Dear Parents, Teachers, Caregivers, and Other Grownups,

Congratulations! You have a passionate kid who cares enough about their world to stand up for what they believe in!

I am guessing this means you brought them up to be aware of the greater world around them, to pay attention to societal changes, to take a stand when they see something is wrong, to use their voices and bodies as agents of change, and to look beyond themselves and consider the community as a whole. I bet from the time they were little, you taught them to speak up—bravely, strongly, respectfully, and kindly. I am guessing you stooped down and looked them in the eyes and helped them find the words when the feelings in their little hearts were too strong for them. I bet you told them stories of other brave humans who stood up for what the believed in, whether they were religious figures, politicians, humanitarians, scientists, teachers, or the kind person who lived down the street.

Since they were small, we have told them, “Be the change you wish to see in the world.” (Arleen Lorrance, actually, and not Ghandi.) We have told them, “Speak the truth, even if your voice shakes.”  (Maggie Kuhn) We have told them, “A little child shall lead them.” (Isaiah 11:6)  We have, as a popular Tumblr post says, raised them on a diet of young adult protagonists and dystopian novels where kids save the world. They are Meg. They are Katniss. They are Gavroche. They are Jonas.

So we shouldn’t be surprised that they’re rising up.

It’s scary as hell though, right? Early this morning, my 16-year-old daughter boarded a bus to go to DC. She is standing up for her right to feel safe in her own school. She is standing up for the children who have been killed by guns in school. She looks at her own brother and sister, seven-year-old twins, and thinks of the Sandy Hook first graders who were gunned down. She and her friends walked out of school, and were ridiculed by strangers and threatened with punishment. She has listened to her siblings’ fears about being safe. She has told me her own worries.

What can we do then?

We need to stay out of the way.

It’s tempting to push our way into the student-led rebellion and sanitize it and attempt to make it safe. I understand the impulse, because I wanted to do the same thing. But we need to stand back. We need to let them speak, sing, chant, and march. We need to love them and support them and be there when they need us, whether it’s driving them to where they need to go or buying them supplies or food or giving them a hug and listening when they are overwhelmed.  We need to remind them that standing up for change can have consequences, and that change never happens easily. We need to find a balance between being there and staying out of the way.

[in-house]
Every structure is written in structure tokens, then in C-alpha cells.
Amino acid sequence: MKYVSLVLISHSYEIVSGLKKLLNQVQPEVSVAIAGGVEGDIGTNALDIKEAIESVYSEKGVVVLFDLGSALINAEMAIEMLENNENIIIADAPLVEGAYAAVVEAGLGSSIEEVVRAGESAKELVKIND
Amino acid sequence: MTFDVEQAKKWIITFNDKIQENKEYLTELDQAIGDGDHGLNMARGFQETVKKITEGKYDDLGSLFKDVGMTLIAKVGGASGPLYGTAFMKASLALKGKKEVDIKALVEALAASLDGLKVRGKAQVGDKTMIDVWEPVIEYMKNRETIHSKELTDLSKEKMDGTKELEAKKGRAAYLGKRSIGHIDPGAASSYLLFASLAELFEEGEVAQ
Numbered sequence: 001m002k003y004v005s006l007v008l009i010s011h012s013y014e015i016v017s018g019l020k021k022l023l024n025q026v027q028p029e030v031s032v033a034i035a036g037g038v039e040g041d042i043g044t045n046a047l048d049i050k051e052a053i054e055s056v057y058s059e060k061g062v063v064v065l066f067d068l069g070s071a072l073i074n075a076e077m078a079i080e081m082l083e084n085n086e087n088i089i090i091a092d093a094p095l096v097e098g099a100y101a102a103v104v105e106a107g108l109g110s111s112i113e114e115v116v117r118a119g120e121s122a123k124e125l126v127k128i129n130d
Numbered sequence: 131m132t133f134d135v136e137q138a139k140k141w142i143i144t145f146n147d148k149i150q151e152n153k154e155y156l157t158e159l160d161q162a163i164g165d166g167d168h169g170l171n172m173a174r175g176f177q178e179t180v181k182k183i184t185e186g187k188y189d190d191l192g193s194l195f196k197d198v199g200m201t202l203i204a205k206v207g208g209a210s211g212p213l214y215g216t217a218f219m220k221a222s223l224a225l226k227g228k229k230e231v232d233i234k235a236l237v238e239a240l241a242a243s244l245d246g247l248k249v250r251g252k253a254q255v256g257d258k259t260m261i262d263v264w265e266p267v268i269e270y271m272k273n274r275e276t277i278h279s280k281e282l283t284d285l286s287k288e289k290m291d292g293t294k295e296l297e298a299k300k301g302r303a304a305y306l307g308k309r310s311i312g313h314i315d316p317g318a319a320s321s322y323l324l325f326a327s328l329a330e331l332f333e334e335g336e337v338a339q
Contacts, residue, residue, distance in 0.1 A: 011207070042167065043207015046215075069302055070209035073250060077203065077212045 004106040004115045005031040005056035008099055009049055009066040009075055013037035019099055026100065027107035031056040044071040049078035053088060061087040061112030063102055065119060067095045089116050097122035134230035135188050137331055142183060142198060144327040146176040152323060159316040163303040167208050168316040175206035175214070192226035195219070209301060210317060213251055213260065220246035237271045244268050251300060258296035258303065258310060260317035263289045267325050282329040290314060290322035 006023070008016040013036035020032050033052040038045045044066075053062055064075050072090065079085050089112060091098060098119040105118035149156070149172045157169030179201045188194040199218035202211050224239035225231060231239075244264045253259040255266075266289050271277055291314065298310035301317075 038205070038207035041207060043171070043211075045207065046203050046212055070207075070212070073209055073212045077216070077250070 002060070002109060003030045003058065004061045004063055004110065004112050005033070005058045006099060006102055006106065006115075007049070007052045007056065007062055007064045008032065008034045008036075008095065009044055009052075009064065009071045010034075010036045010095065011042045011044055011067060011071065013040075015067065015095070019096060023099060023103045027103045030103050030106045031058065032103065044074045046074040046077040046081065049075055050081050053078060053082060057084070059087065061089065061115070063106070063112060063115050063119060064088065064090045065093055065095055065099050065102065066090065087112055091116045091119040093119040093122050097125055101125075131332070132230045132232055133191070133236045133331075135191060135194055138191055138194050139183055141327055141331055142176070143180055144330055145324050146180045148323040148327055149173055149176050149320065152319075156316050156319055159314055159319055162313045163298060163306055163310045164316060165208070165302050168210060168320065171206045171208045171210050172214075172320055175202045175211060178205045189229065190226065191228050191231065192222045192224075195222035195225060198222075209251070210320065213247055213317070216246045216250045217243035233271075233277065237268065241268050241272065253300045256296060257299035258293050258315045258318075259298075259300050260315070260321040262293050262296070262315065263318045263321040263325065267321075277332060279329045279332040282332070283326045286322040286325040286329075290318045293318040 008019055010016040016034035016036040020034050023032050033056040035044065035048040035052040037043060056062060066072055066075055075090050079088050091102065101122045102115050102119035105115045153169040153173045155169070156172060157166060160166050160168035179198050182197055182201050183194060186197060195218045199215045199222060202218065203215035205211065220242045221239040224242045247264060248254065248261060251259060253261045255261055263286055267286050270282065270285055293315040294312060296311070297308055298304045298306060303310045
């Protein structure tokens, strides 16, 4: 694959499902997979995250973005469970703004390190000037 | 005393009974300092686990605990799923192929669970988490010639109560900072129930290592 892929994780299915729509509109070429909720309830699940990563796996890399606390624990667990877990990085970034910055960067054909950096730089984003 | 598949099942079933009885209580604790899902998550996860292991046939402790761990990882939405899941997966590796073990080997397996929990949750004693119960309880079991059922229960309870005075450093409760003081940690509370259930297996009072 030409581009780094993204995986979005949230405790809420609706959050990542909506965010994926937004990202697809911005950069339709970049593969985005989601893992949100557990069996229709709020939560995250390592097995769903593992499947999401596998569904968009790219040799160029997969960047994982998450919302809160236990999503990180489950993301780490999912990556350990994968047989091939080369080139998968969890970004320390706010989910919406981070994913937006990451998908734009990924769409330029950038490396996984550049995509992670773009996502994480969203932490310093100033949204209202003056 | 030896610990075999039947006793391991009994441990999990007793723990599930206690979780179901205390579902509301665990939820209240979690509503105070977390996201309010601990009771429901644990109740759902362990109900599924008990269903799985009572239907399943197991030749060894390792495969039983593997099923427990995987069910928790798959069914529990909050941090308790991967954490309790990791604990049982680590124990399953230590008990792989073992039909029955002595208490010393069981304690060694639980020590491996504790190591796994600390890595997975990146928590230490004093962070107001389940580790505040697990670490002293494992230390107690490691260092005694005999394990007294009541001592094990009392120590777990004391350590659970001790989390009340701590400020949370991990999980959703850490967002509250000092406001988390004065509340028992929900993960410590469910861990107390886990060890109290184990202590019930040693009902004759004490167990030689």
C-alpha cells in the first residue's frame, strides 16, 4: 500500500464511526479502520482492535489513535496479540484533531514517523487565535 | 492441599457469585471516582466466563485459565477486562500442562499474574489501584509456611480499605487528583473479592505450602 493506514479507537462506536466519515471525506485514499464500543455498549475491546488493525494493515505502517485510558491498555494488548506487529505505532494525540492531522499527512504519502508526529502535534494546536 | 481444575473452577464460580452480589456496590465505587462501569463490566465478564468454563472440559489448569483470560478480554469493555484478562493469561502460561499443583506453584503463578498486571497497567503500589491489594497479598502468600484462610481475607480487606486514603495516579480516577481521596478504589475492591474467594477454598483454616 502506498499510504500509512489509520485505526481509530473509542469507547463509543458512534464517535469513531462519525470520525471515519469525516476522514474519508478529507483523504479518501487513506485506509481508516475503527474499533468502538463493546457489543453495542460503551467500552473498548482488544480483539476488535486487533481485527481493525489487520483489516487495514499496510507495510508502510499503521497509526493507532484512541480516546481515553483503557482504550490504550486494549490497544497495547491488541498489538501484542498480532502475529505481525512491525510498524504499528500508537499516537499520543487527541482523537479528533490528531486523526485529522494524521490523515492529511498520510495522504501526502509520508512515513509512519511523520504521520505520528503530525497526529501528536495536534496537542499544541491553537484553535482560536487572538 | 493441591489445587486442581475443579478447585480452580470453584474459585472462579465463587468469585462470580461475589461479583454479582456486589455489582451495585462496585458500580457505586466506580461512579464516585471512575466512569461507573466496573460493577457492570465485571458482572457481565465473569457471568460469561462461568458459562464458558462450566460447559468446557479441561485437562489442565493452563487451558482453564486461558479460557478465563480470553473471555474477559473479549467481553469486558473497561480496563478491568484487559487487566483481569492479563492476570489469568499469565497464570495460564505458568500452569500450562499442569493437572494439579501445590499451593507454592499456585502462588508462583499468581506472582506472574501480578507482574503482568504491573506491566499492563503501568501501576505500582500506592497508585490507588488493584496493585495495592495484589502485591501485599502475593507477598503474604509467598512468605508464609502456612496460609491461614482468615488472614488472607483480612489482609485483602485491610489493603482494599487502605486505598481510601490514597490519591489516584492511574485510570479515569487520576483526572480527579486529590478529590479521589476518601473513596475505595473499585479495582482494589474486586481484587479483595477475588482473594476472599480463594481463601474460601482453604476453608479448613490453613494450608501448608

Over the last few weeks, I look at photos from other protests and movements. I have sought out interviews with Ruby Bridges’ mama where she shares how she felt when her little girl dressed up in her best and walked bravely into that school. I look at the pictures of the young people sitting at Woolworth’s counters, surrounded by angry faces, and I wonder how their parents said goodbye when they left the house in the morning, and how they greeted them when they came back home.  I look at the brave students from Parkland who stand up and speak calmly and coherently and logically while grown adults hurl epithets and insults and accusations at them. I think of how terrified their parents must feel to have had their children avoid being shot at school only to see them put themselves back in the line of fire again. And again. And again.

Our children are now part of a long legacy of young people standing up for what is right. And while we want to impose out adult concerns on this movement– Will it “work”? Is it safe? Are they following all the rules?— I believe it is important to stand back, take a breath, and think of it more in terms of a beginning. Their opinions are continuing to be formed and their ideas are shaped day by day, but they know certain things, things that we taught them they have a right to—to be safe, to be treated fairly, and to be listened to.